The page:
-Wow. The week of Easter is a great time to be a family film on DVD. Look at the giant boosts that the holiday offered all family-oriented films. A 16% increase for Bolt! A 117% increase for Beverly Hills Chihuahua! A 218% increase for High School Musical 3! A 300% increase for Kung Fu Panda! Pretty impressive stuff. The family effect also helped out The Tale Of Despereaux moderately, as it found a humble $9.8 in its first week on DVD, which is onl $300,000 less than it earned in its opening weekend.

Top 30 Selling DVDs for the Week Ending April 12, 2009
Rank Title Units this Week % Change Total Units Sales this Week Total Sales Weeks in Release
1 Bedtime Stories 1,462,555 562.2% 1,683,409 $25,005,595 $28,779,482 1
2 Day the Earth
Stood Still, The
883,383 -.-% 883,383 $14,650,377 $14,650,377 1
3 Bolt 729,084 16.6% 2,840,035 $13,244,030 $50,450,485 3
4 Marley and Me 726,305 -52.4% 2,251,541 $12,581,128 $40,813,246 2
5 Tale of
Despereaux, The
577,270 -.-% 577,270 $9,807,817 $9,807,817 1
6 Madagascar: Escape
2 Africa
537,196 173.7% 5,683,889 $4,981,795 $87,187,398 10
7 Yes Man 531,931 -.-% 531,931 $9,202,034 $9,202,034 1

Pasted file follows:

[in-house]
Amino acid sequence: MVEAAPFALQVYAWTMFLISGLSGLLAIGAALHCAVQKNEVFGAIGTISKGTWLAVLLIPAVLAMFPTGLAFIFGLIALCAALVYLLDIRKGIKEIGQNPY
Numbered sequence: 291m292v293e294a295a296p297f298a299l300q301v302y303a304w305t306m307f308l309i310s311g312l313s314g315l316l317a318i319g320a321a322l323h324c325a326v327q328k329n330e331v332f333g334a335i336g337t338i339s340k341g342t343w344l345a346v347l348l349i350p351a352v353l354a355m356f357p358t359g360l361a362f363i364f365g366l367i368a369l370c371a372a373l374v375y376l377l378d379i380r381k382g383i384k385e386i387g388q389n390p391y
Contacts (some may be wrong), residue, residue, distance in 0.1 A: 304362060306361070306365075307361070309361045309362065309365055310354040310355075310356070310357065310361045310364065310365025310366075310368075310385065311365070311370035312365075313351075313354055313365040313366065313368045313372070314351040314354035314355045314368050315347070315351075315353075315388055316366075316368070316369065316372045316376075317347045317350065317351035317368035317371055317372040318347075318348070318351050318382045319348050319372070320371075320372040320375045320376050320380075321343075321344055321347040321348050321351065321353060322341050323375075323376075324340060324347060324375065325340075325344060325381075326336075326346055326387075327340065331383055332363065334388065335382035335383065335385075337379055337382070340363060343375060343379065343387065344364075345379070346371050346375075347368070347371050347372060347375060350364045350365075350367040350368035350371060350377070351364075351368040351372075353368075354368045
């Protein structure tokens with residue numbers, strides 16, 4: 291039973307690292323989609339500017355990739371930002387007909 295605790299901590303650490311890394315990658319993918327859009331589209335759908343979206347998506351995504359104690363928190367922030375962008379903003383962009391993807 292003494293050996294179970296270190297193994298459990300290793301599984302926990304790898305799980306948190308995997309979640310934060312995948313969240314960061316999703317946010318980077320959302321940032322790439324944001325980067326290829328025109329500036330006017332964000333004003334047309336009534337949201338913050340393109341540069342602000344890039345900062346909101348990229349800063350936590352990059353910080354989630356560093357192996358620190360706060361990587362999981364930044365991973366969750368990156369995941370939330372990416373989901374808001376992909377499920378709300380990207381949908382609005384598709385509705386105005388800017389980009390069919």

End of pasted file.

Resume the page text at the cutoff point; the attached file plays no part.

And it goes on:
8 Twilight 414,927 -35.6% 7,086,697 $8,057,882 $127,962,468 3
9 Slumdog Millionaire 273,059 -67.6% 1,115,447 $4,172,342 $18,341,308 2
10 Doubt 258,287 -.-% 258,287 $4,571,680 $4,571,680 1
11 Beverly Hills
Chihuahua
240,151 117.2% 2,768,695 $3,840,014 $47,753,286 6
12 High School Musical
3: Senior Year
225,526 218.0% 2,914,409 $4,053,153 $52,111,158 8
13 Seven Pounds 223,040 -55.9% 729,113 $3,789,450 $12,433,176 2
14 Not Easily Broken 217,628 -.-% 217,628 $4,256,804 $4,256,804 1
15 Kung Fu Panda 207,978 300.5% 8,332,557 $1,904,392 $126,522,601 22
16 Pinocchio 176,530 76.2% $2,999,245 494
17 Quantum of Solace 169,949 -54.1% 1,752,836 $2,962,636 $31,383,986 3
18 Tigger and Pooh
and a Musical Too
156,640 -.-% 156,640 $2,974,594 $2,974,594 1
19 Madagascar 156,493 274.5% $1,719,858 178
20 Bee Movie 109,838 -.-% 4,836,258 $908,481 $76,570,787 57
21 Role Models 104,719 28.6% 1,588,449 $1,779,176 $26,987,749 5